It can’t just be the memorably exotic name nor the fact that
Ginkgo biloba is a beautiful ornamental tree that has made it such a
bestseller in the herbal pharmacopoeia. No, Ginkgo’s success comes from
hard-nosed clinical evidence of its benefits - as an antioxidant and
anticoagulant, but principally as a relief for the dementias of old
In Germany, where the medical system allows doctors to
prescribe herbal remedies, it’s become the treatment of choice for
Alzheimer’s disease. In fact, it’s become so popular there that,
astonishingly, German doctors now write more prescriptions for Ginkgo
than for any conventional pharmaceutical product.
It was in
Germany in the 1950s that Ginkgo was first ‘discovered’, when
botanist/physician Dr Willmar Schwabe made an extract from Ginkgo
leaves from Japan. A sacred tree to Buddhists, Ginkgo had been known to
Oriental medicine for millennia and cultivated for a variety of
medicinal purposes - from asthma to tuberculosis.
over a thousand scientific studies have been conducted, mostly in
Europe, on Ginkgo extracts, investigating its chemistry, pharmacology
and clinical effects.
>From the start, it was Ginkgo’s
effect on the brain that attracted the most interest. During 1975-1997,
40 controlled trials were conducted on patients with ‘cerebral
insufficiency’ disorders, such as senile dementia and Alzheimer’s.
Overall, these studies showed that Ginkgo could improve cognitive
function by around 25 per cent (Adv Ther, 1998; 15: 54-65).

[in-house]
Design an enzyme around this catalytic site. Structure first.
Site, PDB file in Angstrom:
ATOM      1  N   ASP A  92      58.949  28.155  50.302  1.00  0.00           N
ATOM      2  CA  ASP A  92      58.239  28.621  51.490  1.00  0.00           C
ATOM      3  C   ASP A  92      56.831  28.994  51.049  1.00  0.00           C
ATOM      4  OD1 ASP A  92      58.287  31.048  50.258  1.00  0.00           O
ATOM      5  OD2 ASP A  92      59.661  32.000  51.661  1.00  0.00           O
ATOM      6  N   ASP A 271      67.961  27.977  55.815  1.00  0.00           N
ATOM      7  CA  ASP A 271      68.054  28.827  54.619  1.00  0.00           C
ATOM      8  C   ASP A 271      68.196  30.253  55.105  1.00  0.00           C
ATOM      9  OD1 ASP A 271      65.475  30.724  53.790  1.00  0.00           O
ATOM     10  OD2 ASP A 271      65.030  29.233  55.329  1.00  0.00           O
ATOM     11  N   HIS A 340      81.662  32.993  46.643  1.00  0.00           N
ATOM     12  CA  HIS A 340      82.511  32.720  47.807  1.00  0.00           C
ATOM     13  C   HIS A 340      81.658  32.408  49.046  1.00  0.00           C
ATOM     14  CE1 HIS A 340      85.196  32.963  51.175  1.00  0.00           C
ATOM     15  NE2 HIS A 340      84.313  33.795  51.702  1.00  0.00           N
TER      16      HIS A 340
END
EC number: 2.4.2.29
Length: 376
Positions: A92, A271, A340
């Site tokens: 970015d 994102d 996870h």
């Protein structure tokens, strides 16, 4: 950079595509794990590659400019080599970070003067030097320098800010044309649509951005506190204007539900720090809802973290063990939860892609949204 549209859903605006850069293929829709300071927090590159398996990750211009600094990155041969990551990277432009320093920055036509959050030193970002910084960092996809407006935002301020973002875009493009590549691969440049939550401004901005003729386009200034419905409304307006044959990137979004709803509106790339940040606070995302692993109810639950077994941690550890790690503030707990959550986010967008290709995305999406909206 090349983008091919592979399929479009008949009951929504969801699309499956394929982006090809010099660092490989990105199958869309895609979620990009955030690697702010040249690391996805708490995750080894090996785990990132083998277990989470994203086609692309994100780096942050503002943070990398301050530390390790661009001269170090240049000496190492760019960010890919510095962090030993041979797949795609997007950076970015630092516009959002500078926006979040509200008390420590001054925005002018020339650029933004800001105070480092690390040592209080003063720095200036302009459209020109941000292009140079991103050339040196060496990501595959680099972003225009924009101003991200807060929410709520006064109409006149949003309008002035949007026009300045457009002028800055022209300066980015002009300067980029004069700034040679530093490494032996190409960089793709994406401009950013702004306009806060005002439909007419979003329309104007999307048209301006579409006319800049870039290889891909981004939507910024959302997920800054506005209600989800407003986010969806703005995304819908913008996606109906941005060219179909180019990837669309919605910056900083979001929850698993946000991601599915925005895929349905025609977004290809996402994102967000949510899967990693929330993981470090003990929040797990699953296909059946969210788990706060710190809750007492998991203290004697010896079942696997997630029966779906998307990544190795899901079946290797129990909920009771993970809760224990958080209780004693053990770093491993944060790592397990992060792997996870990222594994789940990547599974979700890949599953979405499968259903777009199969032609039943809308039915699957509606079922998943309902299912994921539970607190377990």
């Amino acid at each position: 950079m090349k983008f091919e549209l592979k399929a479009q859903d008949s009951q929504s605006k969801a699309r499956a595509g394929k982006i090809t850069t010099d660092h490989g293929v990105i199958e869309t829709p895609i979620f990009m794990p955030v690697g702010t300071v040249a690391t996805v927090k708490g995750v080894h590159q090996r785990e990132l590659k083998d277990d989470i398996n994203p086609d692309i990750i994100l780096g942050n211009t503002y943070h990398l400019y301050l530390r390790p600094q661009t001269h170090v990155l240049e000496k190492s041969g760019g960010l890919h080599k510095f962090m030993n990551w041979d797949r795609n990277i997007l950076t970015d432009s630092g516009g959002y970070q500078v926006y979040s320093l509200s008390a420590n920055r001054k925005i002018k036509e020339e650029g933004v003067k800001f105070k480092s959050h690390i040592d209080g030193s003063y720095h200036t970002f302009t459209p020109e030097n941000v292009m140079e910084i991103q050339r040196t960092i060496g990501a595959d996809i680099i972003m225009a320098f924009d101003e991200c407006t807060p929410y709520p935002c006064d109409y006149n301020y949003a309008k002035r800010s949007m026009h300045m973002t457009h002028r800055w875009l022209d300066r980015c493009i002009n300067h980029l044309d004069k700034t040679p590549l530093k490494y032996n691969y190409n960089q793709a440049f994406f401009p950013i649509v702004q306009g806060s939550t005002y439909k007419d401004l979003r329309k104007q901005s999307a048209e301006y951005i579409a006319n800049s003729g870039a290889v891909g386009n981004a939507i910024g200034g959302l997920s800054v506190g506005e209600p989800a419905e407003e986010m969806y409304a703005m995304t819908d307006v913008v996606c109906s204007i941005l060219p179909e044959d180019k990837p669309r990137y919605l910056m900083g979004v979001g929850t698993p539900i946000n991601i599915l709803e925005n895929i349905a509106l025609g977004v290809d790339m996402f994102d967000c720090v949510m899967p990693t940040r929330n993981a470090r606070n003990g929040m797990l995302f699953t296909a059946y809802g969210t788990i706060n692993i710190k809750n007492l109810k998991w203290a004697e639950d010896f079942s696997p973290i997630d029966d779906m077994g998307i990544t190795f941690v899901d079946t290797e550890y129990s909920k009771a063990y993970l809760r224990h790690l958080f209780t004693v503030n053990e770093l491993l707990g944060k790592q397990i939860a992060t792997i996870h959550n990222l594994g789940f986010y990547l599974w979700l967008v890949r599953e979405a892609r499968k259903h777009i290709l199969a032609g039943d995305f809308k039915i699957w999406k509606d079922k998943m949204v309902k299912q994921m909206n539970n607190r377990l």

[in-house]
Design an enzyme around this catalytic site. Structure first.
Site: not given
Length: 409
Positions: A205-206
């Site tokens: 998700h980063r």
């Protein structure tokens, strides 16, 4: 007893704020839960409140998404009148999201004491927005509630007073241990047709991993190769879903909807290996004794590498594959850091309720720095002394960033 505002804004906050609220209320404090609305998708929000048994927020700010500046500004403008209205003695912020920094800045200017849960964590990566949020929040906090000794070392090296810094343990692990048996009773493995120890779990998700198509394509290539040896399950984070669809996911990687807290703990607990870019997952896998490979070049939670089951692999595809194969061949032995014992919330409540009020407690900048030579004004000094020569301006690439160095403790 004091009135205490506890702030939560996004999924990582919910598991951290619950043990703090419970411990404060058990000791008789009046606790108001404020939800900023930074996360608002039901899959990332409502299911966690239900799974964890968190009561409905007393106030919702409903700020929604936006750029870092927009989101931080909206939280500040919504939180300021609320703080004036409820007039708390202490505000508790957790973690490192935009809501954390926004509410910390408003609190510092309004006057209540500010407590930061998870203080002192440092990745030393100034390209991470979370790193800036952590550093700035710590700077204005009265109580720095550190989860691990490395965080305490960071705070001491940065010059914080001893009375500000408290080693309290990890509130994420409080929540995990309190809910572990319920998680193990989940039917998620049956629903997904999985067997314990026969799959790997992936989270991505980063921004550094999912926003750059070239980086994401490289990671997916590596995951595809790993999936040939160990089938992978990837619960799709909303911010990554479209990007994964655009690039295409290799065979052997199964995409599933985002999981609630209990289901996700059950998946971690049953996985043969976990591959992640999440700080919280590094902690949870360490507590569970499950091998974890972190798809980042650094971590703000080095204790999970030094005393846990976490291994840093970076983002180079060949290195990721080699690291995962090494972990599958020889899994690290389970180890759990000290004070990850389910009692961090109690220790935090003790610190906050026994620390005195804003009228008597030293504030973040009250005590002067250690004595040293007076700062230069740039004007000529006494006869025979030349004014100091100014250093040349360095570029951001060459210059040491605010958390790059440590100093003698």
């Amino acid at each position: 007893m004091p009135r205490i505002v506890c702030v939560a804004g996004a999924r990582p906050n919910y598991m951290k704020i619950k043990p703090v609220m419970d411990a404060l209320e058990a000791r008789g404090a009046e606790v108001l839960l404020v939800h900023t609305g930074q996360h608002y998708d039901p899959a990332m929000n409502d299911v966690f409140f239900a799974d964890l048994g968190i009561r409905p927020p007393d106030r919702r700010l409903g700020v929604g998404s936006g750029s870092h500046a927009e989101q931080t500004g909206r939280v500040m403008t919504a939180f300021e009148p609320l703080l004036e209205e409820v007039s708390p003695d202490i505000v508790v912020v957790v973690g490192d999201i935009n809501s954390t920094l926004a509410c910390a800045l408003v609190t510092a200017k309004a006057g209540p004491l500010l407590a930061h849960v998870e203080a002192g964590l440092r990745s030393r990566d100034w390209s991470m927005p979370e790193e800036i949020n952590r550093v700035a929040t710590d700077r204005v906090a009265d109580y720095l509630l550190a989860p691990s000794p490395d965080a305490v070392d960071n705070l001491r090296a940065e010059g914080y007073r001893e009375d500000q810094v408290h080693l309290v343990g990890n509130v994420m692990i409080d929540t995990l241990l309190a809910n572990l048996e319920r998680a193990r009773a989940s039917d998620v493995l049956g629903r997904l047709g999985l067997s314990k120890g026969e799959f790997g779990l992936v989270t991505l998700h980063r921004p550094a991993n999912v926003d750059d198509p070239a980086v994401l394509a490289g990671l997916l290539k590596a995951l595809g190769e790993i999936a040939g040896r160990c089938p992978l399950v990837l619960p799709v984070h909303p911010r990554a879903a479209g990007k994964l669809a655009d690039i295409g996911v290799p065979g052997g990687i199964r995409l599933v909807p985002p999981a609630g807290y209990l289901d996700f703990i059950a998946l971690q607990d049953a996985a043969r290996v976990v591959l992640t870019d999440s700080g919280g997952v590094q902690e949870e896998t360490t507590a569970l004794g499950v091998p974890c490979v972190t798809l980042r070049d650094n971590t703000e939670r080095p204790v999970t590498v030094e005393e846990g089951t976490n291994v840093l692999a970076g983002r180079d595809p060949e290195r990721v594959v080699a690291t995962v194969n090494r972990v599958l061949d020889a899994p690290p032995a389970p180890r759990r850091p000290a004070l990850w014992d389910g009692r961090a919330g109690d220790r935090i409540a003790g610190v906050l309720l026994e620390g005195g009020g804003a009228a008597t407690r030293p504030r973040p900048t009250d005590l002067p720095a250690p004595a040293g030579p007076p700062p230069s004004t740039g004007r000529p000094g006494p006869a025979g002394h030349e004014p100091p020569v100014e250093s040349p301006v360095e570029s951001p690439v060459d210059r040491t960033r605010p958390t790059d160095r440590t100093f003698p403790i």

US trial in old people’s homes had results that are typical. Over 200
patients with either Alzheimer’s or dementia due to mini-strokes were
given 120 mg of Ginkgo every day for a year. Up to 37 per cent of the
patients had significant improvements in both cognition and social
functioning - obvious enough to be noticed by the staff. Ginkgo had the
most effect in those with minor dementia but, even in severe cases, it
managed appreciably to slow down the usual rate of deterioration
(Neuropsychobiology, 2002; 45: 19-26).
Because of its lack of
side-effects (see box), some geriatricians now prescribe Ginkgo in
preference to tacrine, the only conventional drug known to benefit
dementias. Interestingly, tacrine and Ginkgo have similar effects on
brain function (Am J Ther, 1996; 3: 63-73). As a bonus, Ginkgo has also
been found to help depression in the elderly - even in cases where
conventional antidepressants haven’t worked (Geriatr Forsch, 1993; 3:
45-53). Ginkgo has also helped memory loss caused by dementia
(Psychiatr Serv, 2000; 51: 1130-4).
In the light of these
results, Ginkgo has been suggested as a possible ‘smart drug’ to
sharpen up everyone’s mental performance, not just old people’s. The
evidence for this is almost as good. A team of scientists at the
University of Northumbria carried out three separate studies on
Ginkgo’s effect on young people in their 20s. After just one dose of
Ginkgo, there were almost immediate improvements in mental ability
lasting for at least six hours (Psychopharmacology, 2000; 151: 416-23).
This ties in with research in older adults, where Ginkgo was again
found to boost mental performance, especially in people in their 50s
(Phytother Res, 1999; 13: 408-15).
The findings are not all
consistent, however. One study found that Ginkgo is 'largely